What is the anticipated charging structure for hire of the hall (as a theatre, as a function room) and ancillary rooms etc. for other concurrent hires for example?

I would recommend that the application be refused with a recommendation that a viable alternative is presented and a business plan with estimated operational costs and an operating model to support the hub is shared with the public.

 

Ms Diane Williams, Carville Avenue Southborough  (Objects)
Comment submitted date: Fri 23 Sep 2016

As a resident of Southborough I am opposed to the proposed plans for the new ‘Hub’. The Ridgewaye is a huge asset to the town and myself and my family are regular users of it for sport and dog walking. The idea of having 69 new dwellings built on there along with parking for their vehicles can only mean that we are losing yet another piece of public land. I also worry that this will add to the already increasing build up of traffic along the high street, creating busier ‘rabbit runs’ in adjacent streets – my street is already used as such during busy times of the day.
Also, the design of the ‘hub’ is completely unsympathetic with the neighbouring area and will be something of an ‘eye sore’. I am not against progression or regeneration at all but I think that Southborough needs something that will stand the test of time and blend in with the existing period architecture.

 

Mr Ken Hampton, Colebrook Road, Southborough  (Objects)
Comment submitted date: Fri 23 Sep 2016

There can be no doubt the centre of Southborough needs to be revived and the facilities improved for the residents of Southborough and High Brooms. Certain sites in the town have been left in a state of dilapidation and the current centre piece of the town, the Royal Victoria Hall, has been closed due to a extended period of under funding and lack of maintenance from the Southborough Town Council. Unfortunately, however, the current plans and deals that have been made have been rushed through with a lack of serious, non-divisive, public consultation.

There are many concerns I have with the published plans for the development of the Southborough Hub, some of which are indicated below:

– The number and type of housing units has been changed drastically. Originally we were told there would be a mix of houses and flats totalling 55 units. The plans have now increased this to just flats with a total of 69 units. We have also been informed that this may not be the final number and that this number may well rise again once a developer has been appointed and they have calculated their costs.

– The extra housing will now create higher volumes of traffic around the Yew Tree Road and The Ridgeway areas, potentially increasing the pollution, congestion and parking problems.

– There would seem to be a lack of parking within the development. Currently there are approximately 22 parking spaces at the Royal Victoria Hall and council offices, 4 at the library and approx. 8 at the St Andrews Medical Centre. The plans would appear to provide significantly fewer parking spaces than the total of these. Unless this is addressed the local residents will suffer.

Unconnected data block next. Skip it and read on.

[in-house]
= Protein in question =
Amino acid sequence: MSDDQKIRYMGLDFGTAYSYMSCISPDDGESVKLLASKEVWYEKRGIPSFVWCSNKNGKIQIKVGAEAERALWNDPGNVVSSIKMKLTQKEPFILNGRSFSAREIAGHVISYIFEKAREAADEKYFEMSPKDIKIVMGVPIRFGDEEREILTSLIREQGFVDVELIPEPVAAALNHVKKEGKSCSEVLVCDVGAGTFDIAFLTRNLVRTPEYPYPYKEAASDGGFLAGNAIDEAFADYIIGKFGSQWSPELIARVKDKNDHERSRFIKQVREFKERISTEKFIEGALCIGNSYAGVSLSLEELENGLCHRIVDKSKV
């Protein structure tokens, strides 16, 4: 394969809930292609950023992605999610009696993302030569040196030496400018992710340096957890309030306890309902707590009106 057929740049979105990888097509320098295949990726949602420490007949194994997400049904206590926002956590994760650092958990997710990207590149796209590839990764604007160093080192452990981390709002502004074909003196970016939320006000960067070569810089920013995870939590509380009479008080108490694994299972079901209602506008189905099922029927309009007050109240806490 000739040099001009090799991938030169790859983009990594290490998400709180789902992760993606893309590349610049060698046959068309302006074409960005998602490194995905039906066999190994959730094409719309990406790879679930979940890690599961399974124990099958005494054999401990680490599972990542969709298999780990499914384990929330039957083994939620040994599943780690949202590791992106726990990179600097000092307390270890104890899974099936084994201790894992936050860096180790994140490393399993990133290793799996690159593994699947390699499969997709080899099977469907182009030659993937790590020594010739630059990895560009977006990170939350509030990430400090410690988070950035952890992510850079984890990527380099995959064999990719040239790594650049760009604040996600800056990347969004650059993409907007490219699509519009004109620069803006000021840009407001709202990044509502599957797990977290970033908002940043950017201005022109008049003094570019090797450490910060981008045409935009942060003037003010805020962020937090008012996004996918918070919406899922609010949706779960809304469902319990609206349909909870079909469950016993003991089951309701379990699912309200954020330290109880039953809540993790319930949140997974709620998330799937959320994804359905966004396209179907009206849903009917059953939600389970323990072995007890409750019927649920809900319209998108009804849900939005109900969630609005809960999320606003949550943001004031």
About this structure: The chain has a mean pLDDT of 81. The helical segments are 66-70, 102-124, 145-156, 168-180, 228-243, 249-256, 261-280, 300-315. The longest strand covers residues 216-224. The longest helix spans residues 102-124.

– The loss of the green spaces to permit this project will be detrimental to the town. Why are funds from the sale of the old library site not included in the project? Surely the necessary residential dwellings could then be spread across two sites thus reducing the density of the new homes and leave us with more of our open spaces.

– The residents of Southborough and High Brooms have been promised on several occasions a “State of the Art” theatre and community space (confirmed again in this year’s town meeting by Cllr Oakford). The plans published for planning consent do not represent this. I believe they fall along way short of providing such a space for several reasons a few of examples of which are:

i. There are insufficient rooms for dressing and changing rooms. The rooms proposed do not provide sufficient accommodation for theatrical or dance performances. It will prove impractical for these rooms to be dual function. One will hardly be able to rent out a room for weekly meetings for example if it is being used as a dressing room for a function in the theatre/hall.

ii. There is no orchestra pit. The current RVH has an orchestra pit and this is where musicians are generally seated. Furthermore, there isn’t even an area of flat floor in front of the stage where musicians could be placed in lieu of an orchestra pit. Since the pantomimes over the last 35 years or more and several of the other presentations at the RVH have had musicians, where are they going to go within the design of the new theatre/hall? This oversight will leave the building less desirable to potential theatrical hirers.